Smartphone-assisted neuroendoscopy

IMAGE: Smartphone-assisted intraventricular neuroendoscopy for aqueductal stenosis in a 6-month-old infant. Attached to the neuroendoscope, the smartphone provides visualization of the surgical field.

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Copyright 2018 American Association of Neurological Surgeons.

Charlottesville, VA (March 13, 2018). Smartphones have changed the ways in which we live. They connect us with friends and families by phone, texts, and pictures. They warn us about what weather to expect and what traffic patterns we'll face on our way to work. They keep us abreast of all the news of the day and in touch with colleagues and clients.

Here's another item we can add to the list: smartphones can assist neurosurgeons in performing intricate surgeries. In a paper published today in the Journal of Neurosurgery, "Smartphone-assisted minimally invasive neurosurgery," Mauricio Mandel, MD, and colleagues from São Paulo, Brazil, describe a smartphone-endoscope device for use in minimally invasive neurosurgery. These authors found the device easy to use, efficient, cost effective, and a great learning tool for less experienced neurosurgeons.


Neuroendoscopy is a minimally invasive neurosurgical procedure performed in select cases to correct hydrocephalus, remove tumors, treat vascular disease, and manage other disorders. Neuroendoscopic procedures generally result in less pain, shorter recovery times, and less scarring than craniotomy (open surgery).

During the neuroendoscopic procedure, a rigid or flexible neuroendoscope is inserted through a small incision in the skull, nose, or roof of the mouth and moved on to the planned surgical site in the brain, ventricles, or subdural or subarachnoid spaces. The neuroendoscope contains a light source to illuminate the surgical field, a lens for magnification, and a camera, which sends images to a nearby video monitor so that surgeons can see where they are operating. The neuroendoscope also contains channels and ports through which surgeons can insert and maneuver endoscopic instruments and irrigate the surgical site.

Present Study

In this paper, the authors describe their experiences in performing a variety of neurosurgical procedures with the aid of smartphone-endoscope integration: intraventricular procedures, such as treatment for hydrocephalus; vascular neurosurgery, such as aneurysm clipping or cavernoma resection; and emergency neurosurgery, such as evacuation of a subdural or intracranial hematoma. The authors demonstrate how a smartphone takes the place of the video camera usually used in neuroendoscopy and makes the presence of a separate video monitor optional.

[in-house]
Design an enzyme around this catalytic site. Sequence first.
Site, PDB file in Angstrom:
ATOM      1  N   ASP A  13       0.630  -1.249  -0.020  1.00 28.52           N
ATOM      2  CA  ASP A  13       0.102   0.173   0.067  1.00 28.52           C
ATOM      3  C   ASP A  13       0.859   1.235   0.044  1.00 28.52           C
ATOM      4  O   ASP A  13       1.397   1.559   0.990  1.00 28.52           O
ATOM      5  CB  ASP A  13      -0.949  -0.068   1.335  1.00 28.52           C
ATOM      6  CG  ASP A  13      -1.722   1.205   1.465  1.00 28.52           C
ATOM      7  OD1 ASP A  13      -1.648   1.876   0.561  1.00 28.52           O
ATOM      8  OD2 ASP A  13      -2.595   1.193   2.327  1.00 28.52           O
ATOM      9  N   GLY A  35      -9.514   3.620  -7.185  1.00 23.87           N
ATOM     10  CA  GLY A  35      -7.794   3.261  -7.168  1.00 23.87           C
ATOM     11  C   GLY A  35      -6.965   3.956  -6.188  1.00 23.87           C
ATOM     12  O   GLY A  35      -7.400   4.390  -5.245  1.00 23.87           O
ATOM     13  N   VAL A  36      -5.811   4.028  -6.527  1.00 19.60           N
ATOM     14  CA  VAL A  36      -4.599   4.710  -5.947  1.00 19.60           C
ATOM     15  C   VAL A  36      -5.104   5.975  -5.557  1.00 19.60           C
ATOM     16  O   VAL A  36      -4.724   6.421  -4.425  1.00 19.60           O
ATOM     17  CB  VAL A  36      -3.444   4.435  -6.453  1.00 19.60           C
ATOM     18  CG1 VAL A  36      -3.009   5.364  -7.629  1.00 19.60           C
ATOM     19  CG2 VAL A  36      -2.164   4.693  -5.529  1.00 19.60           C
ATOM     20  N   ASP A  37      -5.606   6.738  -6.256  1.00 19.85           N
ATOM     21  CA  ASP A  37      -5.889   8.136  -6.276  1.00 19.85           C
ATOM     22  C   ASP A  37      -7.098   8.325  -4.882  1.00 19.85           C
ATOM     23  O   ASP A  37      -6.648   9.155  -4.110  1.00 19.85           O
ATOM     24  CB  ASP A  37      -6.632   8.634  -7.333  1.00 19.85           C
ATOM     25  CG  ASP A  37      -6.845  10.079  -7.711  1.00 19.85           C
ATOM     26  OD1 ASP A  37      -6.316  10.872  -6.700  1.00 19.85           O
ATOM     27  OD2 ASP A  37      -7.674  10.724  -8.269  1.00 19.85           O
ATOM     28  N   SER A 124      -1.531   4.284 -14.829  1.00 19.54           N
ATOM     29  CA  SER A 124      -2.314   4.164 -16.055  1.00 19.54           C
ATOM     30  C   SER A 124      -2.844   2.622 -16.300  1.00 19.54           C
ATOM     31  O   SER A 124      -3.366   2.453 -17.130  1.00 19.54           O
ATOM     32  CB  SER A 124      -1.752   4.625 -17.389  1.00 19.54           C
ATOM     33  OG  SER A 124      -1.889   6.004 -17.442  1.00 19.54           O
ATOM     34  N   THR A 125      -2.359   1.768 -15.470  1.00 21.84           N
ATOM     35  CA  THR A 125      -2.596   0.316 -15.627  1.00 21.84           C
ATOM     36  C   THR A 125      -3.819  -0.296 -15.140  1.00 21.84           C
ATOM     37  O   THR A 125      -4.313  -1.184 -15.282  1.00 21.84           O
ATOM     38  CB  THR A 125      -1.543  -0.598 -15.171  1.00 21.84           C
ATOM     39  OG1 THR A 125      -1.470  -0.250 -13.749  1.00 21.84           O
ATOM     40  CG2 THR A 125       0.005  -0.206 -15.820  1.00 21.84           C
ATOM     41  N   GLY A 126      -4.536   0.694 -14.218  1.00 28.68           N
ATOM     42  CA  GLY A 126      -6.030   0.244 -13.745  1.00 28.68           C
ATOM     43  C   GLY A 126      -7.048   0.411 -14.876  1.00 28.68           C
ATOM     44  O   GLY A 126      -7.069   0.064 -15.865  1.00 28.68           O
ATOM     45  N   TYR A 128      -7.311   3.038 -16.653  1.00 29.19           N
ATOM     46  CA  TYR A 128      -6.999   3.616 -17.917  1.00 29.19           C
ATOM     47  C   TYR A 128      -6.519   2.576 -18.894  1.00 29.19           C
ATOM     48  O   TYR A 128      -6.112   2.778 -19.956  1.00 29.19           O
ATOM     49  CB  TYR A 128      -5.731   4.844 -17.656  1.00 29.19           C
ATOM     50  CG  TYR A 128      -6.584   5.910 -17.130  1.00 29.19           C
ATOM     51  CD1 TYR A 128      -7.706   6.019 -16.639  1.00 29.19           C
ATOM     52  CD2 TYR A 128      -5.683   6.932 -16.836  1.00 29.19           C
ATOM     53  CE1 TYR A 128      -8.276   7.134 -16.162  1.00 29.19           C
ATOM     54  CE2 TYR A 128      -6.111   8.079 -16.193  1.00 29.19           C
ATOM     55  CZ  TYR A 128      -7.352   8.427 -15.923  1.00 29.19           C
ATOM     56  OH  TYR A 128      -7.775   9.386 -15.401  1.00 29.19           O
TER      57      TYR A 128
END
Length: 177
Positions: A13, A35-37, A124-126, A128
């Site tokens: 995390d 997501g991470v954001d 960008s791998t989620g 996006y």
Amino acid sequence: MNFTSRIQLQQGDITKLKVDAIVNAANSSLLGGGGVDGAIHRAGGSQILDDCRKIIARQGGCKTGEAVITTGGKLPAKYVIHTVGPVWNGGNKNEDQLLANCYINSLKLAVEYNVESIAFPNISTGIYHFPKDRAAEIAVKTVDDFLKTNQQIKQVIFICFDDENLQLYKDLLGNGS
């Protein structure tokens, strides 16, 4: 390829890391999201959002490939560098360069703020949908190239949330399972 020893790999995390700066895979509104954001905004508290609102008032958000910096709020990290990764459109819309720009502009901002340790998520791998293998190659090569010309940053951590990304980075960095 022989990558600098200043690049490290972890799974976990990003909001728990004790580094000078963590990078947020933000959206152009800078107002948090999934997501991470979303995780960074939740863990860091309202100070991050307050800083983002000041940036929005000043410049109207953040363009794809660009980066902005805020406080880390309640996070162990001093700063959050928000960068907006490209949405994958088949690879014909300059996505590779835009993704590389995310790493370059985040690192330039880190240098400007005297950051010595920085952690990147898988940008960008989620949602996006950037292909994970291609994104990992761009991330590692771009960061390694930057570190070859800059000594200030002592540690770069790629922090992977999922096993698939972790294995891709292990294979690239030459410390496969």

During minimally invasive surgeries performed in 42 patients, a fully charged smartphone (iPhone models 4, 5, and 6) was attached to the front of the neuroendoscope by means of an adapter. The primary surgeon focused directly on the iPhone screen in front of him or her, rather than off to one side where the video monitor normally stands. The smartphone relayed images from the screen via Wi-Fi to a video monitor placed elsewhere in the operating room.

The video monitor remained in the operating room so that other members of the surgical team could view the procedure or in case the primary surgeon wished to revert to more conventional neuroendoscopy. The surgeons who tested the smartphone-endoscope device found images provided by the smartphone to be sufficient and did not switch to the conventional method.

In each case the device worked well. All surgeries were successful, and no complications related to use of the smartphone occurred.

Based on their experience, the authors list several advantages of using smartphone-assisted neuroendoscopy:

The smartphone is light-weight and small. It attaches easily to the endoscope by means of an adapter.

Despite the small size of the smartphone screen, its high-definition image provides an excellent view of the surgical site.

The smartphone camera supports real-time video acquisition, storage, and transmission via a variety of wireless technologies (Wi-Fi, 4G, Bluetooth, etc.). Images viewed by the primary surgeon can be simultaneously shared with the rest of the operative team on a video monitor, streamed directly to other colleagues or websites, and recorded for review and teaching purposes.

Images can be manipulated in real time using camera functions on the smartphone.

Compared with standard video equipment, smartphones are cheaper, more portable, and do not require an external power source. Should the battery become depleted during a prolonged surgery, the smartphone can be recharged without an interruption in the procedure.

Having the smartphone screen directly in front of the primary surgeon allows "a more dynamic and intuitive approach to resection" than can be experienced when a surgeon has to look away from the endoscope being manipulated to view the surgical field on a separate video monitor.

The learning curve for neurosurgical residents less experienced in neuroendoscopy is reduced when the smartphone is used.

The authors recognize that their study is preliminary and the number of cases is low. Nevertheless, they suggest that the smartphone-endoscope device may provide an alternative method of performing neuroendoscopy. The relatively inexpensive costs of a smartphone and adapter could prove beneficial in underserved areas and in countries whose medical infrastructure cannot support expensive equipment.

When asked about the study, Dr. Mandel said, "The most interesting aspect of this project was that our initial goal was to reduce the cost of the neuroendoscopic video set, but, in the end, we came across a new, more intuitive and fluid method of performing these procedures."

Journal of Neurosurgery Publishing Group